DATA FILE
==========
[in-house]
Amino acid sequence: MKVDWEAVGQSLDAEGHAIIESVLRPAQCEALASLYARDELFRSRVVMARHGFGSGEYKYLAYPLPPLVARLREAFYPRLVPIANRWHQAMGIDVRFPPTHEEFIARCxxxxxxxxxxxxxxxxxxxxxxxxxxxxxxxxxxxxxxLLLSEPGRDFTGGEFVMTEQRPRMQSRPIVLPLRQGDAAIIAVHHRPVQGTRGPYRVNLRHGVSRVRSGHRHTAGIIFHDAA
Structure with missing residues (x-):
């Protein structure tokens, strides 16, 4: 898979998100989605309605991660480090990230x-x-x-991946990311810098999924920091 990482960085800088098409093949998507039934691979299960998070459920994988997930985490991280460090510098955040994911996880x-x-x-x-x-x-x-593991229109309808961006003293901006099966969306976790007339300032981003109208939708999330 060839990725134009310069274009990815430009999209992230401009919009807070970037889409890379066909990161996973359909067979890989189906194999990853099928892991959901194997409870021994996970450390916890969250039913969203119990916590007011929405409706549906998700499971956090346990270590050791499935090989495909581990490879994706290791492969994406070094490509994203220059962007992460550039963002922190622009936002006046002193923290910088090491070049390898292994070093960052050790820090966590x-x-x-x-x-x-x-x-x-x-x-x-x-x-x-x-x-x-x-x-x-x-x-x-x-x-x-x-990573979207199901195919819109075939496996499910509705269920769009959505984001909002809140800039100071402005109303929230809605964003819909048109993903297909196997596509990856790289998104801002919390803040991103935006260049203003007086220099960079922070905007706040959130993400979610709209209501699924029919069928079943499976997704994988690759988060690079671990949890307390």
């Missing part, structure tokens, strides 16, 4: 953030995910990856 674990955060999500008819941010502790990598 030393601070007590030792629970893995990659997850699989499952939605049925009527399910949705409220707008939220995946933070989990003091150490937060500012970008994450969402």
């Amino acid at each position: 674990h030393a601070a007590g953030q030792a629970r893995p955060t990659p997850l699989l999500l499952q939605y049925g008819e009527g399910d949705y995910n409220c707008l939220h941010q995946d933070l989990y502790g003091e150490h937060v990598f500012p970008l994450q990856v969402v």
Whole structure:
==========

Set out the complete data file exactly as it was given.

[in-house]
Amino acid sequence: MKVDWEAVGQSLDAEGHAIIESVLRPAQCEALASLYARDELFRSRVVMARHGFGSGEYKYLAYPLPPLVARLREAFYPRLVPIANRWHQAMGIDVRFPPTHEEFIARCxxxxxxxxxxxxxxxxxxxxxxxxxxxxxxxxxxxxxxLLLSEPGRDFTGGEFVMTEQRPRMQSRPIVLPLRQGDAAIIAVHHRPVQGTRGPYRVNLRHGVSRVRSGHRHTAGIIFHDAA
Structure with missing residues (x-):
């Protein structure tokens, strides 16, 4: 898979998100989605309605991660480090990230x-x-x-991946990311810098999924920091 990482960085800088098409093949998507039934691979299960998070459920994988997930985490991280460090510098955040994911996880x-x-x-x-x-x-x-593991229109309808961006003293901006099966969306976790007339300032981003109208939708999330 060839990725134009310069274009990815430009999209992230401009919009807070970037889409890379066909990161996973359909067979890989189906194999990853099928892991959901194997409870021994996970450390916890969250039913969203119990916590007011929405409706549906998700499971956090346990270590050791499935090989495909581990490879994706290791492969994406070094490509994203220059962007992460550039963002922190622009936002006046002193923290910088090491070049390898292994070093960052050790820090966590x-x-x-x-x-x-x-x-x-x-x-x-x-x-x-x-x-x-x-x-x-x-x-x-x-x-x-x-990573979207199901195919819109075939496996499910509705269920769009959505984001909002809140800039100071402005109303929230809605964003819909048109993903297909196997596509990856790289998104801002919390803040991103935006260049203003007086220099960079922070905007706040959130993400979610709209209501699924029919069928079943499976997704994988690759988060690079671990949890307390």
């Missing part, structure tokens, strides 16, 4: 953030995910990856 674990955060999500008819941010502790990598 030393601070007590030792629970893995990659997850699989499952939605049925009527399910949705409220707008939220995946933070989990003091150490937060500012970008994450969402």
């Amino acid at each position: 674990h030393a601070a007590g953030q030792a629970r893995p955060t990659p997850l699989l999500l499952q939605y049925g008819e009527g399910d949705y995910n409220c707008l939220h941010q995946d933070l989990y502790g003091e150490h937060v990598f500012p970008l994450q990856v969402v």
Whole structure: